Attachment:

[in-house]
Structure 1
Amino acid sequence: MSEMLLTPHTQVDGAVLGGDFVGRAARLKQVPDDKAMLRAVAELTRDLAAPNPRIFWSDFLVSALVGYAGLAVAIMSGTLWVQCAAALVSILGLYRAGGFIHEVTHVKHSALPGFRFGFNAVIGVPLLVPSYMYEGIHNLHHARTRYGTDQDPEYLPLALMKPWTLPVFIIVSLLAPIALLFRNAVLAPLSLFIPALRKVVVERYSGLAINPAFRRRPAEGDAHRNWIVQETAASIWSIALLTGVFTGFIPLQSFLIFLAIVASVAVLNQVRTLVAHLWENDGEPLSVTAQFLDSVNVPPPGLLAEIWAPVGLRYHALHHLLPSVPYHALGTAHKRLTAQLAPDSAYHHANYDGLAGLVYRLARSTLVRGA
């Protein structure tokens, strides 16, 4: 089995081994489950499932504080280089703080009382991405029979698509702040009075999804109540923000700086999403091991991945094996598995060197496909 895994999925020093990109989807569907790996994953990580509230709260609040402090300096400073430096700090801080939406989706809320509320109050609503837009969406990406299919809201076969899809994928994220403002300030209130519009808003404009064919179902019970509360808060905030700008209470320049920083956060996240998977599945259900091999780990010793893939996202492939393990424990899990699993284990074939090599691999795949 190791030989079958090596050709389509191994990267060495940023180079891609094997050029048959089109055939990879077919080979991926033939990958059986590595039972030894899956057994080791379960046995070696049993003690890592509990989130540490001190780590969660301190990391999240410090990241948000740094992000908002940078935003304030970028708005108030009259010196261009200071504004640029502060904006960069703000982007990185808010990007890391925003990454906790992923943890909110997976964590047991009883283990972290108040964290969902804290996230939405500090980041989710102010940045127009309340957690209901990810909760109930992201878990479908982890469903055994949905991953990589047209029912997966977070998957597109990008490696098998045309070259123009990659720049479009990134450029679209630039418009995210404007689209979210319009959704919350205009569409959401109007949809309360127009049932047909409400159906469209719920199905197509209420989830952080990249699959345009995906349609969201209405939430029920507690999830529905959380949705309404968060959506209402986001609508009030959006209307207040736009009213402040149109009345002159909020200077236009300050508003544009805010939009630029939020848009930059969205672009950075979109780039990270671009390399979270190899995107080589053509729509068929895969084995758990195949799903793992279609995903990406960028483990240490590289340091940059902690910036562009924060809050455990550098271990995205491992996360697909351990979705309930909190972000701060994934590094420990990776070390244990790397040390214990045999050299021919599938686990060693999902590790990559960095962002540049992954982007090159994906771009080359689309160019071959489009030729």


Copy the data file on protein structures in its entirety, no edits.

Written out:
[in-house]
Structure 1
Amino acid sequence: MSEMLLTPHTQVDGAVLGGDFVGRAARLKQVPDDKAMLRAVAELTRDLAAPNPRIFWSDFLVSALVGYAGLAVAIMSGTLWVQCAAALVSILGLYRAGGFIHEVTHVKHSALPGFRFGFNAVIGVPLLVPSYMYEGIHNLHHARTRYGTDQDPEYLPLALMKPWTLPVFIIVSLLAPIALLFRNAVLAPLSLFIPALRKVVVERYSGLAINPAFRRRPAEGDAHRNWIVQETAASIWSIALLTGVFTGFIPLQSFLIFLAIVASVAVLNQVRTLVAHLWENDGEPLSVTAQFLDSVNVPPPGLLAEIWAPVGLRYHALHHLLPSVPYHALGTAHKRLTAQLAPDSAYHHANYDGLAGLVYRLARSTLVRGA
């Protein structure tokens, strides 16, 4: 089995081994489950499932504080280089703080009382991405029979698509702040009075999804109540923000700086999403091991991945094996598995060197496909 895994999925020093990109989807569907790996994953990580509230709260609040402090300096400073430096700090801080939406989706809320509320109050609503837009969406990406299919809201076969899809994928994220403002300030209130519009808003404009064919179902019970509360808060905030700008209470320049920083956060996240998977599945259900091999780990010793893939996202492939393990424990899990699993284990074939090599691999795949 190791030989079958090596050709389509191994990267060495940023180079891609094997050029048959089109055939990879077919080979991926033939990958059986590595039972030894899956057994080791379960046995070696049993003690890592509990989130540490001190780590969660301190990391999240410090990241948000740094992000908002940078935003304030970028708005108030009259010196261009200071504004640029502060904006960069703000982007990185808010990007890391925003990454906790992923943890909110997976964590047991009883283990972290108040964290969902804290996230939405500090980041989710102010940045127009309340957690209901990810909760109930992201878990479908982890469903055994949905991953990589047209029912997966977070998957597109990008490696098998045309070259123009990659720049479009990134450029679209630039418009995210404007689209979210319009959704919350205009569409959401109007949809309360127009049932047909409400159906469209719920199905197509209420989830952080990249699959345009995906349609969201209405939430029920507690999830529905959380949705309404968060959506209402986001609508009030959006209307207040736009009213402040149109009345002159909020200077236009300050508003544009805010939009630029939020848009930059969205672009950075979109780039990270671009390399979270190899995107080589053509729509068929895969084995758990195949799903793992279609995903990406960028483990240490590289340091940059902690910036562009924060809050455990550098271990995205491992996360697909351990979705309930909190972000701060994934590094420990990776070390244990790397040390214990045999050299021919599938686990060693999902590790990559960095962002540049992954982007090159994906771009080359689309160019071959489009030729």